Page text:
Sparkling wine is a wine with significant levels of carbon dioxide in it making it fizzy. The carbon dioxide may result from natural fermentation, either in a bottle, as with the méthode champenoise, in a large tank designed to withstand the pressures involved (as in the Charmat process), or as a result of carbon dioxide injection.
Sparkling wine is usually white or rosé but there are many examples of red sparkling wines such as Italian Brachetto and Australian sparkling Shiraz. The sweetness of sparkling wine can range from very dry "brut" styles to sweeter "doux" varieties.
The classic example of a sparkling wine is Champagne, but this wine is exclusively produced in the Champagne region of France and many sparkling wines are produced in other countries and regions, such as Espumante in Portugal, Cava in Spain, Franciacorta, Trento DOC, Oltrepò Pavese Metodo Classico and Asti in Italy (the generic Italian term for sparkling wine being spumante) and Cap Classique in South Africa. Most countries reserve the word Champagne for a specific type from the Champagne region of France. The French terms "Mousseux" or "Crémant" are used to refer to sparkling wine not made in the Champagne region. German and Austrian sparkling wines are called Sekt. The United States is a significant producer of sparkling wine with producers in numerous states. Recently the United Kingdom, which produced some of the earliest examples of sparkling wine, has started producing sparkling wines again.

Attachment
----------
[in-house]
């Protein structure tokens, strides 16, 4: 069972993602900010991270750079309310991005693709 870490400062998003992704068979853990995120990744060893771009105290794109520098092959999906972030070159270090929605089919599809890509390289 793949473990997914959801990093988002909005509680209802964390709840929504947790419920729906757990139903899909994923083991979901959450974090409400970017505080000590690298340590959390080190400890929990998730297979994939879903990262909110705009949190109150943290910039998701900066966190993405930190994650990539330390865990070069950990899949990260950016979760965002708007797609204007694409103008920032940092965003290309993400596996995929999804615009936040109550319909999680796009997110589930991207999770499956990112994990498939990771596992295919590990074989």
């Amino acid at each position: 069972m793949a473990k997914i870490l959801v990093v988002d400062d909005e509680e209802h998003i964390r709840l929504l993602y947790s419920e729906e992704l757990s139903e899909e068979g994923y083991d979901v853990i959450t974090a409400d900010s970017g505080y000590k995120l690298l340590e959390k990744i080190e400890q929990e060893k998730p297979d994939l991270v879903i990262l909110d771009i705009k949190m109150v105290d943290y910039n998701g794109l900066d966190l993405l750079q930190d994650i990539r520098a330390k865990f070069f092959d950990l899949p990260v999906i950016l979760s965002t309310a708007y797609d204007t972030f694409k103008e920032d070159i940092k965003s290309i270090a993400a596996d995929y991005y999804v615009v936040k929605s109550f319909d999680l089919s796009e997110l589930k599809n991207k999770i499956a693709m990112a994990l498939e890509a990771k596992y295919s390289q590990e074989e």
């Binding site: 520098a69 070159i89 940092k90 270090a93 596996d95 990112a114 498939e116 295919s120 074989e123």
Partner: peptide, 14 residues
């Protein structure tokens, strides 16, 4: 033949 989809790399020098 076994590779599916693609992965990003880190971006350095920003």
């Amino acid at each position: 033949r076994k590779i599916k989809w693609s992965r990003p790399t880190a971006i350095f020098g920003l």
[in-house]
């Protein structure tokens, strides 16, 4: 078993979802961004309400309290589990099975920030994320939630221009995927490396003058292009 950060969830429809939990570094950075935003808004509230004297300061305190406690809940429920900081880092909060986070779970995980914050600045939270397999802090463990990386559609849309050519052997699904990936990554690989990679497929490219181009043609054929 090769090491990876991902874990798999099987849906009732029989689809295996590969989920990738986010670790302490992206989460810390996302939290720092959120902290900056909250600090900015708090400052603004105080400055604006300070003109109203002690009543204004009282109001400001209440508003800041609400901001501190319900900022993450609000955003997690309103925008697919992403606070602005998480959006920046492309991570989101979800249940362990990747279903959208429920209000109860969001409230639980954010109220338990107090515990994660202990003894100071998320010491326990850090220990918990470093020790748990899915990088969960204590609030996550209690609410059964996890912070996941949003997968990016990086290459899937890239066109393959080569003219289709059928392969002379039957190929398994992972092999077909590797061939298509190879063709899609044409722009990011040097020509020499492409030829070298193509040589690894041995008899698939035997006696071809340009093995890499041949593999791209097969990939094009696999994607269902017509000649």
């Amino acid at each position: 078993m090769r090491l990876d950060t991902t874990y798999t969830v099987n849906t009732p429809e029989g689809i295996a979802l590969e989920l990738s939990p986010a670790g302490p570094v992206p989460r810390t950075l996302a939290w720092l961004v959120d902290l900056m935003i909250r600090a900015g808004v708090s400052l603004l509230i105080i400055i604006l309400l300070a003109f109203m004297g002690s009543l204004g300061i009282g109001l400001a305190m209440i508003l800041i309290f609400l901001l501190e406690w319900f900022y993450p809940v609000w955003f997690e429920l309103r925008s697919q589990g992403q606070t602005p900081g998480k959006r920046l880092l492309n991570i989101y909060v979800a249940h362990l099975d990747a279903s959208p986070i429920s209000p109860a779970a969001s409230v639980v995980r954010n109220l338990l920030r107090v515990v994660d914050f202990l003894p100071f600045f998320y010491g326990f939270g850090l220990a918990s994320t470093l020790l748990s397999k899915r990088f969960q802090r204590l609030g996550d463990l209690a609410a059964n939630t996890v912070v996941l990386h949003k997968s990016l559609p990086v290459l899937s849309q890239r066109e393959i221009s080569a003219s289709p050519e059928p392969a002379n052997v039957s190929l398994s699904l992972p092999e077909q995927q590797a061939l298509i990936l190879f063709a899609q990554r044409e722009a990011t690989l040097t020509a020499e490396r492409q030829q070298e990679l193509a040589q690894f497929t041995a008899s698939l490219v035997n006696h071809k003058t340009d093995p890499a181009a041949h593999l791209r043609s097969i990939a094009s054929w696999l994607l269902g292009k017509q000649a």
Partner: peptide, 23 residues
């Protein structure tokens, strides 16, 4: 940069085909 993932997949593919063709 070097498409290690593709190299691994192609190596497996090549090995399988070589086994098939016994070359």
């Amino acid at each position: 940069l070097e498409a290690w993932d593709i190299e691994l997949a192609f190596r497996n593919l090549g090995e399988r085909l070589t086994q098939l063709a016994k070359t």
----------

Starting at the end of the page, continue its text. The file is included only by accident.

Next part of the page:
Read more about Petillant: History, Production, French Sparklers, Semi-sparkling Wines, Red Sparkling Wines